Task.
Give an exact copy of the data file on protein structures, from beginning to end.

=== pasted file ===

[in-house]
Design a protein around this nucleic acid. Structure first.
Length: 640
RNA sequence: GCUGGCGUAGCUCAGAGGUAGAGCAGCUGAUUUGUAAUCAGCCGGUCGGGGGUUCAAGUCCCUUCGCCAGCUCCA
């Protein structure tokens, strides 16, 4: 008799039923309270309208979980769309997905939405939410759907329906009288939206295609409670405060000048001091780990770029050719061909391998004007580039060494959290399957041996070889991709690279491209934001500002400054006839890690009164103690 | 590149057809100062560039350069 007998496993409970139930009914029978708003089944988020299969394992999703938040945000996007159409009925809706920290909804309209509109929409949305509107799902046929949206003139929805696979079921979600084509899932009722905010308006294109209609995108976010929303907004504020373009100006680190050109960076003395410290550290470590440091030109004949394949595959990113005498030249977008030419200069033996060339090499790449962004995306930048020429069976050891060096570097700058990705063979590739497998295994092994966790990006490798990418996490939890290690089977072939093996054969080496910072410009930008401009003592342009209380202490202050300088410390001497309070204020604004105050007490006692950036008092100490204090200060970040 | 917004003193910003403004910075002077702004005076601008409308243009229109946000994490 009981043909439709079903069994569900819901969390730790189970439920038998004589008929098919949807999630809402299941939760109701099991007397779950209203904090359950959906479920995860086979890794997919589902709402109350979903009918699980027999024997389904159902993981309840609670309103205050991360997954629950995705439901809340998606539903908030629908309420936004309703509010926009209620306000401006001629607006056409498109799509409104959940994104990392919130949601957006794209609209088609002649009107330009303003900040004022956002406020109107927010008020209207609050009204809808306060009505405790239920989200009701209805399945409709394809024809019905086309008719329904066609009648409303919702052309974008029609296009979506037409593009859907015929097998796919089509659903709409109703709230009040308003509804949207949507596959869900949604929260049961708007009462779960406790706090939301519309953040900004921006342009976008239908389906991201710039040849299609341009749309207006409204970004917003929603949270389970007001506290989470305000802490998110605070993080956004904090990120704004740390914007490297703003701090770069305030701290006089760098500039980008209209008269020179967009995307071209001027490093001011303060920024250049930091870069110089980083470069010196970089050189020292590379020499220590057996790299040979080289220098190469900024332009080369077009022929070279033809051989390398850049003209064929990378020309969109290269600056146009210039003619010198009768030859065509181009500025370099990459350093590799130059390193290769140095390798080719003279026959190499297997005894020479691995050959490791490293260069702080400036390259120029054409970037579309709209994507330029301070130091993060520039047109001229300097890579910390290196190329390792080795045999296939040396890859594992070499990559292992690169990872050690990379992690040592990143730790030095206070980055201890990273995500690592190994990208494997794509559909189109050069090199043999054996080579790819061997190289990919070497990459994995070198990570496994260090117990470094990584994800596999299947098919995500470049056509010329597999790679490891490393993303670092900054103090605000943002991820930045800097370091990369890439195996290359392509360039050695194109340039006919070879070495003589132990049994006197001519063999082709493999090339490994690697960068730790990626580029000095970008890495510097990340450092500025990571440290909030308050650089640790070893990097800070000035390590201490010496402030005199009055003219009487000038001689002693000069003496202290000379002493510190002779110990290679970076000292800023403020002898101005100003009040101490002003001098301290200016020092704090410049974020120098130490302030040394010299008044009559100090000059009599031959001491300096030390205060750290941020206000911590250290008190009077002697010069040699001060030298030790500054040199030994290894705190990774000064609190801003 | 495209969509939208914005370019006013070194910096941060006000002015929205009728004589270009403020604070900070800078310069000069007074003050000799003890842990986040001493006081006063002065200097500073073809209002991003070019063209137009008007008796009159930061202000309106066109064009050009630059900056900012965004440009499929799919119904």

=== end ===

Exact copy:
[in-house]
Design a protein around this nucleic acid. Structure first.
Length: 640
RNA sequence: GCUGGCGUAGCUCAGAGGUAGAGCAGCUGAUUUGUAAUCAGCCGGUCGGGGGUUCAAGUCCCUUCGCCAGCUCCA
């Protein structure tokens, strides 16, 4: 008799039923309270309208979980769309997905939405939410759907329906009288939206295609409670405060000048001091780990770029050719061909391998004007580039060494959290399957041996070889991709690279491209934001500002400054006839890690009164103690 | 590149057809100062560039350069 007998496993409970139930009914029978708003089944988020299969394992999703938040945000996007159409009925809706920290909804309209509109929409949305509107799902046929949206003139929805696979079921979600084509899932009722905010308006294109209609995108976010929303907004504020373009100006680190050109960076003395410290550290470590440091030109004949394949595959990113005498030249977008030419200069033996060339090499790449962004995306930048020429069976050891060096570097700058990705063979590739497998295994092994966790990006490798990418996490939890290690089977072939093996054969080496910072410009930008401009003592342009209380202490202050300088410390001497309070204020604004105050007490006692950036008092100490204090200060970040 | 917004003193910003403004910075002077702004005076601008409308243009229109946000994490 009981043909439709079903069994569900819901969390730790189970439920038998004589008929098919949807999630809402299941939760109701099991007397779950209203904090359950959906479920995860086979890794997919589902709402109350979903009918699980027999024997389904159902993981309840609670309103205050991360997954629950995705439901809340998606539903908030629908309420936004309703509010926009209620306000401006001629607006056409498109799509409104959940994104990392919130949601957006794209609209088609002649009107330009303003900040004022956002406020109107927010008020209207609050009204809808306060009505405790239920989200009701209805399945409709394809024809019905086309008719329904066609009648409303919702052309974008029609296009979506037409593009859907015929097998796919089509659903709409109703709230009040308003509804949207949507596959869900949604929260049961708007009462779960406790706090939301519309953040900004921006342009976008239908389906991201710039040849299609341009749309207006409204970004917003929603949270389970007001506290989470305000802490998110605070993080956004904090990120704004740390914007490297703003701090770069305030701290006089760098500039980008209209008269020179967009995307071209001027490093001011303060920024250049930091870069110089980083470069010196970089050189020292590379020499220590057996790299040979080289220098190469900024332009080369077009022929070279033809051989390398850049003209064929990378020309969109290269600056146009210039003619010198009768030859065509181009500025370099990459350093590799130059390193290769140095390798080719003279026959190499297997005894020479691995050959490791490293260069702080400036390259120029054409970037579309709209994507330029301070130091993060520039047109001229300097890579910390290196190329390792080795045999296939040396890859594992070499990559292992690169990872050690990379992690040592990143730790030095206070980055201890990273995500690592190994990208494997794509559909189109050069090199043999054996080579790819061997190289990919070497990459994995070198990570496994260090117990470094990584994800596999299947098919995500470049056509010329597999790679490891490393993303670092900054103090605000943002991820930045800097370091990369890439195996290359392509360039050695194109340039006919070879070495003589132990049994006197001519063999082709493999090339490994690697960068730790990626580029000095970008890495510097990340450092500025990571440290909030308050650089640790070893990097800070000035390590201490010496402030005199009055003219009487000038001689002693000069003496202290000379002493510190002779110990290679970076000292800023403020002898101005100003009040101490002003001098301290200016020092704090410049974020120098130490302030040394010299008044009559100090000059009599031959001491300096030390205060750290941020206000911590250290008190009077002697010069040699001060030298030790500054040199030994290894705190990774000064609190801003 | 495209969509939208914005370019006013070194910096941060006000002015929205009728004589270009403020604070900070800078310069000069007074003050000799003890842990986040001493006081006063002065200097500073073809209002991003070019063209137009008007008796009159930061202000309106066109064009050009630059900056900012965004440009499929799919119904």